Asian markets weaker on China concerns

Asian markets are mostly weaker as concerns about China keep some investors at bay, with the PBoC halting open market operations for a third straight day.

Losses for Asian equities have come despite US futures actually improving from US trade. Concerns about liquidity tightening have seen investors on seven-day repo watch yet again, with some fearing we will see a repeat of the June squeeze. China’s seven-day repo rates are at around 4.6% (from 4.04%), but we feel the PBoC is merely taking measures to manage liquidity and we won’t see a repeat of the squeeze we saw in June.

Today’s Asian session has also brought another positive economic reading in the form of a better-than-expected HSBC flash manufacturing PMI (50.9 versus 50.5) reading. However, it seems this figure has been largely ignored given the current liquidity concerns. The PMI reading is a backward number and liquidity issues could potentially impact future growth, particularly in the small business arena. The Hang Seng, Shanghai Composite and the Nikkei are all around half a per cent weaker. Meanwhile the ASX 200 is in positive territory with a surge in the banks underpinning the price action.

AUD finds support off the lows

We have been watching the AUD closely today after a sharp slide yesterday as the China issues surfaced. The AUD tends to be a good indicator of sentiment around China being a prime commodity currency. Just the fact that the AUD has actually managed to recover in Asia today suggests the China concerns were perhaps overdone. RBA Deputy Governor Philip Lowe is also speaking today and traders will be keen to hear more on interest rates and the local currency. While it looks like AUD/USD is in for a bearish turn, I’m more inclined to look at buying the dips, particularly, heading into uptrend support at 0.96. There is also the 200-day moving average, which is likely to support the price action in that region.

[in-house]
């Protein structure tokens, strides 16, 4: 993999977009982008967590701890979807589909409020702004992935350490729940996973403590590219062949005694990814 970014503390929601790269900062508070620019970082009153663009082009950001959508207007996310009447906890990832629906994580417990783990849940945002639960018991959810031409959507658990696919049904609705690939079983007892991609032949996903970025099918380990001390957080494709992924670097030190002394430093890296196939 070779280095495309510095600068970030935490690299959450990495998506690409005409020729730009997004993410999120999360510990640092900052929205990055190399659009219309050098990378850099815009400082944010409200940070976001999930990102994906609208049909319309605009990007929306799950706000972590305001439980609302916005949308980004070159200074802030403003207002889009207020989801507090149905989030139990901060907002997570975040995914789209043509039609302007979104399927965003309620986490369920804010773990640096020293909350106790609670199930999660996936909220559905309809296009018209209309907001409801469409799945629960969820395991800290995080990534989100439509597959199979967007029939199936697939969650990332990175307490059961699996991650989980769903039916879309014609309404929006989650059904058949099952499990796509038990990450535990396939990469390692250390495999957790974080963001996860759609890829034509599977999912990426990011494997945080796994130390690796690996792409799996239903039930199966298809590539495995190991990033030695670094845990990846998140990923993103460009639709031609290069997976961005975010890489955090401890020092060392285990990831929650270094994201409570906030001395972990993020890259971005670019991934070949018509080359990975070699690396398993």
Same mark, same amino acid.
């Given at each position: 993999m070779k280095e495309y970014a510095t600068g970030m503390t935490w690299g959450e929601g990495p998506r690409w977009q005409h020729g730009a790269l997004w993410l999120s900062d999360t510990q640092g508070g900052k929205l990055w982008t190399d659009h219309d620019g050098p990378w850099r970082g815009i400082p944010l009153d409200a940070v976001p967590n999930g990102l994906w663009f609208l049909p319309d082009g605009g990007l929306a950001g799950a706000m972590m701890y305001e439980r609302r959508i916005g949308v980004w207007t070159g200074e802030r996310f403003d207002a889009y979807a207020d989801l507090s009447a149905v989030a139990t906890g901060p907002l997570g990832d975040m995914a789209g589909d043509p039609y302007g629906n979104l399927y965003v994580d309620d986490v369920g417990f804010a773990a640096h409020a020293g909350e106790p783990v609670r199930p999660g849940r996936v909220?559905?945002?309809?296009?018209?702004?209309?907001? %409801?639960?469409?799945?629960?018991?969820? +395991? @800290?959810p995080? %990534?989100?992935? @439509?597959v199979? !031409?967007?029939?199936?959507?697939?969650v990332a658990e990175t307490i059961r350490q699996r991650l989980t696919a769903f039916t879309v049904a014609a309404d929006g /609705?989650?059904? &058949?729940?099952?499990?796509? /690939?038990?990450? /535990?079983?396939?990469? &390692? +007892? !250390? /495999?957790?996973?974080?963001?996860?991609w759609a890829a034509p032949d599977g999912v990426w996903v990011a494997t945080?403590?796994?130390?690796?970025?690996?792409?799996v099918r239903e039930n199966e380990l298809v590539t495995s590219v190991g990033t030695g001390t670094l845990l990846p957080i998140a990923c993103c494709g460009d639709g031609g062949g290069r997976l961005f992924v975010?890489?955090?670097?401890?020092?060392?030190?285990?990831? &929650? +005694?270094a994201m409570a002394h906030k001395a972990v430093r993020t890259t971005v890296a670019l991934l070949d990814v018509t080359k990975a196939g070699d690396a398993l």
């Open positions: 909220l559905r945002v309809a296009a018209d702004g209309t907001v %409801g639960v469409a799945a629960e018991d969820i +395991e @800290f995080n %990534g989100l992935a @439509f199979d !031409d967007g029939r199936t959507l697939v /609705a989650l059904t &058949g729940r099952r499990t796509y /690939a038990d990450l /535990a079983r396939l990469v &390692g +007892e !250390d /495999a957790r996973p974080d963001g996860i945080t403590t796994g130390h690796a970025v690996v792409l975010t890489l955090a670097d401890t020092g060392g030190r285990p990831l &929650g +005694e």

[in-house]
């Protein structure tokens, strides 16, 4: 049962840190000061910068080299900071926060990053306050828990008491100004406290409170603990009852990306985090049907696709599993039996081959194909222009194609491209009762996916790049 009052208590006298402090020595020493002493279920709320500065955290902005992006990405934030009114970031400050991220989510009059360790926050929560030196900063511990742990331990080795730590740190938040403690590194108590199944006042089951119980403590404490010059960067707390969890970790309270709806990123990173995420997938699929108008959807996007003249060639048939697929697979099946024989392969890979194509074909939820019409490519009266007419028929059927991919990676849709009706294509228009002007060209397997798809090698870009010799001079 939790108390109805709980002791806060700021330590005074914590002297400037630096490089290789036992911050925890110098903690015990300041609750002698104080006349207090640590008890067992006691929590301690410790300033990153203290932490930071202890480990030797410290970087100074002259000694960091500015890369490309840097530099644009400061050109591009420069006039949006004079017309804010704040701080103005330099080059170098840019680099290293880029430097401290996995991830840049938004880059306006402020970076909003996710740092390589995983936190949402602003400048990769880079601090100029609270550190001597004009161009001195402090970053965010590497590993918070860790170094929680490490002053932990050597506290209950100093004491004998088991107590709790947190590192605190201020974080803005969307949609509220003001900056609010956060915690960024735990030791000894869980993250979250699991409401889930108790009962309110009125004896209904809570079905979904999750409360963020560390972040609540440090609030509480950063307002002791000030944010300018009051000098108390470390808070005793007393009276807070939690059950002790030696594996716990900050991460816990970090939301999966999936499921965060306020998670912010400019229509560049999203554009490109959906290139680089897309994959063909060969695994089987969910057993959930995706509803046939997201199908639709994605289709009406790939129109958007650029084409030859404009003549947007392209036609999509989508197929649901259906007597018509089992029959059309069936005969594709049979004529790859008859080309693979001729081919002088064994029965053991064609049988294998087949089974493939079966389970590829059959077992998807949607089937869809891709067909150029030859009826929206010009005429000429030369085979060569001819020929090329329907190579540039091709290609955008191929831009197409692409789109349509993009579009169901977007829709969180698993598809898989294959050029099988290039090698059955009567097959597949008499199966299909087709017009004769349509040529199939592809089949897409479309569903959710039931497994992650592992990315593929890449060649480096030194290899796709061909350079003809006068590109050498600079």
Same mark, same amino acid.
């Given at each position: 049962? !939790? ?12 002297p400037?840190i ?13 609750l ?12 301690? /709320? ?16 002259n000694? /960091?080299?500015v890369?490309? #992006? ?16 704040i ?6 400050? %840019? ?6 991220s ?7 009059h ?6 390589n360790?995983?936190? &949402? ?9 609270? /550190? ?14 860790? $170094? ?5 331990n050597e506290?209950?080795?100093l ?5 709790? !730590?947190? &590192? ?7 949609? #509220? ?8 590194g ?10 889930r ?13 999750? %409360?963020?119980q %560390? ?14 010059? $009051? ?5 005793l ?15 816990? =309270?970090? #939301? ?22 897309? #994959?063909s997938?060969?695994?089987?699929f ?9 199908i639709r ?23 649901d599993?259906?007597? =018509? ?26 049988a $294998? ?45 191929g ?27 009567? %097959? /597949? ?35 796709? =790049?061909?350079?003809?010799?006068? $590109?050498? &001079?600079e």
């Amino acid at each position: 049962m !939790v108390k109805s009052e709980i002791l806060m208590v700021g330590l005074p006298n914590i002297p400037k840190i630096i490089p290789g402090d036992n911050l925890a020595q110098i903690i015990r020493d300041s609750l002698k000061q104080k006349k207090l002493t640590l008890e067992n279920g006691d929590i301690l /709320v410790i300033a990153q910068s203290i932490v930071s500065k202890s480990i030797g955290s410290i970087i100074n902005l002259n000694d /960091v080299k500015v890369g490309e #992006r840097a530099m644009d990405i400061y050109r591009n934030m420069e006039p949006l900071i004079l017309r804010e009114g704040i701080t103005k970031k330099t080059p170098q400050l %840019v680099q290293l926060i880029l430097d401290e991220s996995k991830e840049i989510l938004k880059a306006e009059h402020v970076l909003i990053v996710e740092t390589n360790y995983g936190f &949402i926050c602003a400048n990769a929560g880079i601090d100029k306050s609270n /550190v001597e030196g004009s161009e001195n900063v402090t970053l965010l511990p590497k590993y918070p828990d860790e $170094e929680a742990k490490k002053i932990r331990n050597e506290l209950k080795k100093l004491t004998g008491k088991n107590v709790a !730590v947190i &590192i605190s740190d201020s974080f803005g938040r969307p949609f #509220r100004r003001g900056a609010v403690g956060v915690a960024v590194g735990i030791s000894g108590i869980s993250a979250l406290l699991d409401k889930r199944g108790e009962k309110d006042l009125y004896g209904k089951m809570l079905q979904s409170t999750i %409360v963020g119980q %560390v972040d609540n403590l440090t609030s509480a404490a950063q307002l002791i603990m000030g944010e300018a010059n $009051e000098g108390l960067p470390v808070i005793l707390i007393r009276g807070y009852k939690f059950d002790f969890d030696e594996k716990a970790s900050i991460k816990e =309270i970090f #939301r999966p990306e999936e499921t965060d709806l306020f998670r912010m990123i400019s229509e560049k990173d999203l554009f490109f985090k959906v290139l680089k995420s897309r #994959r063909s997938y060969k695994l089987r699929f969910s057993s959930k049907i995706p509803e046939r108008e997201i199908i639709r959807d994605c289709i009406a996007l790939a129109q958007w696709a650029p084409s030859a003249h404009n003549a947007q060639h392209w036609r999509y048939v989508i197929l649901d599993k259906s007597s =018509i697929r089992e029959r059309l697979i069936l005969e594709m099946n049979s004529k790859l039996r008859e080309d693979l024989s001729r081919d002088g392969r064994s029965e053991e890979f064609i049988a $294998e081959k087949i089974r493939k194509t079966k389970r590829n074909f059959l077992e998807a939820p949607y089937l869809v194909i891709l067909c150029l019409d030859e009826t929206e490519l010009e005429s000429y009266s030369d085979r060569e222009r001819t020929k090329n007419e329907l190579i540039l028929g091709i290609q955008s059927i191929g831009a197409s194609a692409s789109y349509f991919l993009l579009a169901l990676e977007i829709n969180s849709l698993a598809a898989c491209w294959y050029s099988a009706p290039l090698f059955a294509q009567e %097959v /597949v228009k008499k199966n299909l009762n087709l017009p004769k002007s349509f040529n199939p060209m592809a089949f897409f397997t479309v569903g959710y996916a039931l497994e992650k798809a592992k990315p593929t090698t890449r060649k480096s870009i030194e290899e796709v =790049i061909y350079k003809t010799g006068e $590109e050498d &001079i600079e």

Europe pointing higher

European markets are eyeing a modestly firmer open after having struggled yesterday with the banks being the main culprits. Talk of an asset quality review (AQR) for euro area banks also did the rounds and affected sentiment. The AQR will require banks to set aside 8% of risk-adjusted capital as a buffer against losses and is due to be completed in October. While this seems negative in the short term, we feel ultimately it will be a confidence booster.  

While the AUD struggled, the euro actually held up fairly well against the greenback. EUR/USD momentarily dipped to 1.374 and swiftly recovered to knock on 1.38 again. Perhaps news that Spain has emerged from a recession with a 0.1% q/q rise in Q3 GDP gave the single currency a kicker.

It’s a big day of trading ahead with a raft of PMIs set to hit the wires, with manufacturing PMIs for Germany and France being the highlights. Both data points are expected to be revised up slightly and this could support the EUR and finally see it convincingly trade through 1.38 for the first time since November last year. Over in the UK, central banker Mark Carney will be on the wires and a much less dovish tone is expected after yesterday’s BoE minutes.

Local banks rally

The local markets has enjoyed a steady recovery today after having experienced a nasty reversal lower yesterday. The main story is around the banks with our largest company by market capitalisation trading at a fresh record high. Commonwealth Bank just continues to defy gravity and lead the big banks higher today. All four banks are firing on all cylinders heading into their reports.

Next week we have ANZ and NAB getting the ball rolling with their FY results and expectations are always high heading into bank earnings. With risk on edge, most flows have been into the defensive names with the healthcare sector in favour. Resmed has climbed 0.9% heading into its results which will be released in the US. RMD’s locally-listed stock is right near its record high of $5.94. Iron ore miners have tapered off a bit today with some mild profit taking on the back of China concerns.

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